Google Street View Story

MOODS/SEASONS

 

The move was a seemingly short process compared to the amount of time I spent marking x’s on each day of my calendar, the days dragging on as the summer sun began to show his appreciation for the small town. Boxes overflowing, labeled kitchen, FRAGILE, books, countless nights spent on a futon dreaming of the future days I’d be living in the Neal Hawkins home. A park, an ice cream shop, an ideal location.

 

A sundress and a quick swipe of the key, out the door in moments along with the children of the family. We always walked in a long line, holding hands like a line of ducklings. The slides and swingsets littered around the park slightly burned due to the sun, his personal way of joining in on the fun. Bicycles and dogs and endless sporting events, a shack equipped with nachos and hot dogs, picnic tables and bumblebees; the kids were in heaven, much like myself. A scraped knee, followed by tears, followed by laughter later on in the day. My summer Sunday mornings were to be spent with a cup of coffee, overlooking the park as an intense game of t-ball took place.

 

After hours of bickering with my family, I searched for my warmest sweater only to then become smothered by tiny goosebumps as I made my escape out of the back door, the cold winter wind whispering against my dry skin, letting me know that it, too, felt my pain. My feet carried me over to the isolated park, eerily empty due to the weather; yet a perfect fit for my jagged mood. With pink cheeks, I sat upon the park bench alone, finally becoming enveloped by a content feeling. My introvertedness called for moments like this one, moments only spent with myself and perhaps a book; my own personal vacation.

 

Sunday family dinners never failed to be followed by begs from the kids for a trip to the ice cream shop that was within walking distance of our little home. After 13 no’s, they somehow always managed to shake a yes out of me. The duckling line followed me down the sidewalk toward the ice cream shack, singing songs of joy and yelling out their numerous different requests for grape, strawberry, chocolate. Traveling back home with messy faces and clothes, sweat beading on their little heads, they were never to be deemed unsatisfied by a nice dessert.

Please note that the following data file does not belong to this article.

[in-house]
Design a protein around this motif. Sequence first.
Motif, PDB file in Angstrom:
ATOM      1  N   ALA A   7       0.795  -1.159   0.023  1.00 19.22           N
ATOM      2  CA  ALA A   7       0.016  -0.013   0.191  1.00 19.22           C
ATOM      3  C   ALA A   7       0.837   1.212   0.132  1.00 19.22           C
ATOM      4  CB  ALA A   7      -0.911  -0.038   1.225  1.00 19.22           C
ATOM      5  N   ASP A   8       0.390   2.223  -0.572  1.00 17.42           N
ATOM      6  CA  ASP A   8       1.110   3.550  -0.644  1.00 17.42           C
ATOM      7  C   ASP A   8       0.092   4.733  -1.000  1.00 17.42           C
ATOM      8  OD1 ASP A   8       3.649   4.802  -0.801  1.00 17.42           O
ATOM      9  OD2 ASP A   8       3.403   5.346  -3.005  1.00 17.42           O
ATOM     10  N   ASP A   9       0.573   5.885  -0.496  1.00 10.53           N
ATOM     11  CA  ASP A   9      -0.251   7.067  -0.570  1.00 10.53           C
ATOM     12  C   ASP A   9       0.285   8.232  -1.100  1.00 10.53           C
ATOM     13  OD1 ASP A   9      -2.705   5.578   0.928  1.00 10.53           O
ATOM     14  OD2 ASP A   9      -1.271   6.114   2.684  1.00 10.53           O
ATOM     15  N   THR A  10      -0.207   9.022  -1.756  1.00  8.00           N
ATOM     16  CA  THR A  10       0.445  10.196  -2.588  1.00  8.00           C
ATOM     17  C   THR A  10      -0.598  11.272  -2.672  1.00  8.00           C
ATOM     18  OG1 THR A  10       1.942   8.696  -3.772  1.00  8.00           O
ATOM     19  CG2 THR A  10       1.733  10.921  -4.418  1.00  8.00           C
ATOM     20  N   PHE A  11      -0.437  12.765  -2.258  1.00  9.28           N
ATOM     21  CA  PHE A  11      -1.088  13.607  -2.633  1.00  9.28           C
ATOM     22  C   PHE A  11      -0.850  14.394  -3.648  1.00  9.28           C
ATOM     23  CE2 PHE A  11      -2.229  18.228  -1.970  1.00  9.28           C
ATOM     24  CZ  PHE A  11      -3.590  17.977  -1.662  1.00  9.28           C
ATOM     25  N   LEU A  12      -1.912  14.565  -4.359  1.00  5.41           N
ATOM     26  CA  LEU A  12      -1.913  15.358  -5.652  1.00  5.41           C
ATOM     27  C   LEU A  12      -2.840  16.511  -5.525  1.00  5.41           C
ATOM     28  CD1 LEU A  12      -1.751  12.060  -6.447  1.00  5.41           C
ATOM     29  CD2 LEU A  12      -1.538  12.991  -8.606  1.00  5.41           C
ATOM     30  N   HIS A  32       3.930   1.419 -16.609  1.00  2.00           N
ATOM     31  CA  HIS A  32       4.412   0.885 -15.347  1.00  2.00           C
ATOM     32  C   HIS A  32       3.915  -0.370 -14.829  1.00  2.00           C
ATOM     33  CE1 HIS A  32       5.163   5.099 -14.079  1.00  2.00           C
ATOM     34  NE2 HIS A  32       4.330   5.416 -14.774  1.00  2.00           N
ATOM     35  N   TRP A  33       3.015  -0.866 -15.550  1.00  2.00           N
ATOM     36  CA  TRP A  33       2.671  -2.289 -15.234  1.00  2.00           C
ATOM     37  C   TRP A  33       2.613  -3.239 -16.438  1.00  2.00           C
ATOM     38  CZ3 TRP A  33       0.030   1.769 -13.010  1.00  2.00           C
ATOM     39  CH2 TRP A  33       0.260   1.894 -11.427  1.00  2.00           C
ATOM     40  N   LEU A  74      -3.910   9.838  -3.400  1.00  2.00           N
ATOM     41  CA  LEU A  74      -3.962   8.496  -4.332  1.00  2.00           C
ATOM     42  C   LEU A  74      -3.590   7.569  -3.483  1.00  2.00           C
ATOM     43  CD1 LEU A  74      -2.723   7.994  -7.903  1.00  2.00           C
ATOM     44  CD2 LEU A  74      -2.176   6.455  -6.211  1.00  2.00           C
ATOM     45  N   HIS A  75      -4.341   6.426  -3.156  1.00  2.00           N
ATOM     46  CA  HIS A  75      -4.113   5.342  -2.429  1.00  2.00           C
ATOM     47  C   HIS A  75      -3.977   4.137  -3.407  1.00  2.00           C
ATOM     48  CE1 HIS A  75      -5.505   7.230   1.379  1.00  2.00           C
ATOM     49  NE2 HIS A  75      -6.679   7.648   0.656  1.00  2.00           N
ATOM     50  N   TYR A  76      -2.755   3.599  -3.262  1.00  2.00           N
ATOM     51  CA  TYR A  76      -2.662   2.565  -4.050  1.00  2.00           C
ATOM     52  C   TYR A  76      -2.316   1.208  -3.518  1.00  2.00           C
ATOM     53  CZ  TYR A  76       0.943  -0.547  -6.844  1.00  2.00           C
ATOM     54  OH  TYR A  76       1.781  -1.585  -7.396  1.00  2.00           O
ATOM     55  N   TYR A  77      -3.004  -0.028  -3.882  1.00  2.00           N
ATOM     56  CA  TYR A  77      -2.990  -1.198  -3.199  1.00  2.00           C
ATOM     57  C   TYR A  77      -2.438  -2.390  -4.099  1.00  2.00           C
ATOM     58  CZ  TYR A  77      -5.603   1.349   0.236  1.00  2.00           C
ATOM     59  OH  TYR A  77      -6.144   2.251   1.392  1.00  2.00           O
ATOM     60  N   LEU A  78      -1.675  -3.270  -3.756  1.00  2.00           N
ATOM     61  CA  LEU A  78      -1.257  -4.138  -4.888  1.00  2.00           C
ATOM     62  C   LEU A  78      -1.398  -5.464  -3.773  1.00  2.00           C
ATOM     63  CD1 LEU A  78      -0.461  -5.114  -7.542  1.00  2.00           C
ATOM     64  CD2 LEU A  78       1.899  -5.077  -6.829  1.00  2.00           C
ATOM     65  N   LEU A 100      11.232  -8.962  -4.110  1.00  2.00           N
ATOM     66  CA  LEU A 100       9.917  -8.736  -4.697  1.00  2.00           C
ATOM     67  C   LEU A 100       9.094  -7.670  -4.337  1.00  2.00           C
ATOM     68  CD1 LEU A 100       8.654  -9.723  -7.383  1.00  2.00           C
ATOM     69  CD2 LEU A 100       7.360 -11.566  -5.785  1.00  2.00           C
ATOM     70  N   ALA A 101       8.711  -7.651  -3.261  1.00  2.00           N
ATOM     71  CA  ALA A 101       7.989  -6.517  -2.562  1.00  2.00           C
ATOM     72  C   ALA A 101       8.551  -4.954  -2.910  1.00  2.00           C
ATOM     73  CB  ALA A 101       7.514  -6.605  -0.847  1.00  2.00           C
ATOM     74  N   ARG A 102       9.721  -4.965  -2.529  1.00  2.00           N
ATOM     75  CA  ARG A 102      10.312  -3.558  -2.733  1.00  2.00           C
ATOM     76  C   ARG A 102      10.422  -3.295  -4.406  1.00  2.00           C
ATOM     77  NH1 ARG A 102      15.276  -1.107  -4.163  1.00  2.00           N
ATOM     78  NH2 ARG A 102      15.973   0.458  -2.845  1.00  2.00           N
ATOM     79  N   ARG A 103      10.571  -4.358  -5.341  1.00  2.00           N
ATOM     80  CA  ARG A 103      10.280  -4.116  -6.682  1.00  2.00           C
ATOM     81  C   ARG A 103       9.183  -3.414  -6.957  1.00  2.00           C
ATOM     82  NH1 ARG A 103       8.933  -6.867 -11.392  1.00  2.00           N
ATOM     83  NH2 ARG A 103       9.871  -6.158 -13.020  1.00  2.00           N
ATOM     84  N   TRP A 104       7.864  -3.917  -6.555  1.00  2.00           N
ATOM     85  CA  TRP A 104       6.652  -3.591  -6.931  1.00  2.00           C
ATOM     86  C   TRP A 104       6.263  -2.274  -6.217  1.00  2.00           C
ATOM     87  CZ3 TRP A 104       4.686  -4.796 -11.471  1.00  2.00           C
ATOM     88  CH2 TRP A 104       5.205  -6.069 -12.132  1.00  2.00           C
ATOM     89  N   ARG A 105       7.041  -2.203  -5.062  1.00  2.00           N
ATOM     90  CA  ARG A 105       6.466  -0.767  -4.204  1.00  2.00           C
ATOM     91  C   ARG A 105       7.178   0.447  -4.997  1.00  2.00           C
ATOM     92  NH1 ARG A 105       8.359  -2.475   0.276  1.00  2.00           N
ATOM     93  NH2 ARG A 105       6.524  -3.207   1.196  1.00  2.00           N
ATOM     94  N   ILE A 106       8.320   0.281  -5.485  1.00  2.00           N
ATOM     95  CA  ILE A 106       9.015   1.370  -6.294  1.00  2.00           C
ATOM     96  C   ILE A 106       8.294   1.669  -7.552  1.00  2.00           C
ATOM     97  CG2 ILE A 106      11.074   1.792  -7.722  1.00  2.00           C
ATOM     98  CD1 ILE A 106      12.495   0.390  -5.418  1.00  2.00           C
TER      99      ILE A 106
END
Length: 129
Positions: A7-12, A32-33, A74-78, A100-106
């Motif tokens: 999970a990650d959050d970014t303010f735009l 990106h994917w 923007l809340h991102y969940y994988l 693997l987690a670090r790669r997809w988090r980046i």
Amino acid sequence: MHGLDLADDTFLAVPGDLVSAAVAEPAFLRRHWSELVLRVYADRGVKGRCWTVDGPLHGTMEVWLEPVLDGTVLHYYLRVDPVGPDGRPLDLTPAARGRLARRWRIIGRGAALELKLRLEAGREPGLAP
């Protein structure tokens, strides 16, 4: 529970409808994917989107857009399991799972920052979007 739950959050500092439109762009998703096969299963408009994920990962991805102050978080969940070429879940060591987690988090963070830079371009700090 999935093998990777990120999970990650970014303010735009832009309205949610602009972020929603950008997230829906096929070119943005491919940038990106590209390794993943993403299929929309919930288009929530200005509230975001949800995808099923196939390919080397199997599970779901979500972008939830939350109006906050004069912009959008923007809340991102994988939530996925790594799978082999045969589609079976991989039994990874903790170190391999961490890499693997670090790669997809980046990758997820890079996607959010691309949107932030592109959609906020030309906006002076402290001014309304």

They say that there is no problem in this world that can’t be fixed, or at least alleviated by ice cream. Post dentist appointment with painful gums and weak smiles, fifty cents for a solution to help mend my pain. Reluctantly taking many trips down the road, the constant reminder in the back of my mind that a simple soft serve is almost the only thing that could possibly fulfill my needs. As the sweet ice came into contact with my feelings, it froze them solid; one cup of happiness for me, please.

 

I’ve had many long talks with my grandmother over diagonally cut PB&J sandwiches and iced sweet tea, the condensation forming around the glass sides of our mason jars much like the tears in our eyes; production of excessive laughter. We had no idea that this was simply our bodies warning us for the storm to come, lightning the electric tension between my family and I, thunder clouds hanging over our heads, crying along with us and producing a steady stream of rainfall onto our heads.

 

Nana has her bad days. “Have you begun spring break yet?” It is winter. Her memory melts away along with the snow resting upon the ground. The kitchen door whines with each opening and closing it endures as she makes her way into the room, once, twice, five times before she eventually remembers what it is she went in for. My siblings and I sit, listening to the humdrum tales of her childhood, her tone excited and adrenalized as though they took place just yesterday.

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